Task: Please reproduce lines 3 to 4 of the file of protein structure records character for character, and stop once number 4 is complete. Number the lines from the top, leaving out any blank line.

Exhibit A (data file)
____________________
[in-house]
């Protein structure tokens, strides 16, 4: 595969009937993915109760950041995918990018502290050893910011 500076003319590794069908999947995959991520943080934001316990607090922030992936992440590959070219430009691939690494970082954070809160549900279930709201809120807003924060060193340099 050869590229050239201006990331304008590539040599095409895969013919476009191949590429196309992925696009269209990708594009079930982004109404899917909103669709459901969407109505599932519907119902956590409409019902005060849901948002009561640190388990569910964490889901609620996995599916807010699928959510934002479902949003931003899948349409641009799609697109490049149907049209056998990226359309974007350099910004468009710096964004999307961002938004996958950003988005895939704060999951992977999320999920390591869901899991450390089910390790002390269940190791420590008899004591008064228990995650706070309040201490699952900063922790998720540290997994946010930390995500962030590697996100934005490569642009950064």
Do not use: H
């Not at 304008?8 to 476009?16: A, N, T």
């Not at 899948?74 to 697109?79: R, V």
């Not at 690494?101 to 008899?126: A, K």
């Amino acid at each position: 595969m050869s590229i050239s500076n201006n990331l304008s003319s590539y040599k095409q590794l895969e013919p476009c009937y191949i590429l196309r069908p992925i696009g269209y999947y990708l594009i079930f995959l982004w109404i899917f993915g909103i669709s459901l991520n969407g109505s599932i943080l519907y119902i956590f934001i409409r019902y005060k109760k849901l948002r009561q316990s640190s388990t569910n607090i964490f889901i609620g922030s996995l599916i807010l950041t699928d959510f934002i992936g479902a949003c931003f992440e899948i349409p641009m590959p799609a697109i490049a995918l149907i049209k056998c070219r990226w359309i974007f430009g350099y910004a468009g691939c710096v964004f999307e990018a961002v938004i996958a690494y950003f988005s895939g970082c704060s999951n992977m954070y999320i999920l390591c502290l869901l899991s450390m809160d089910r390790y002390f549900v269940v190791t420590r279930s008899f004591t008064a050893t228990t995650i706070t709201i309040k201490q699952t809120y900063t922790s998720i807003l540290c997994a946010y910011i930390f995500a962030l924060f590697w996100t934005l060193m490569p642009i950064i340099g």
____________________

Do not use: H
């Not at 304008?8 to 476009?16: A, N, T």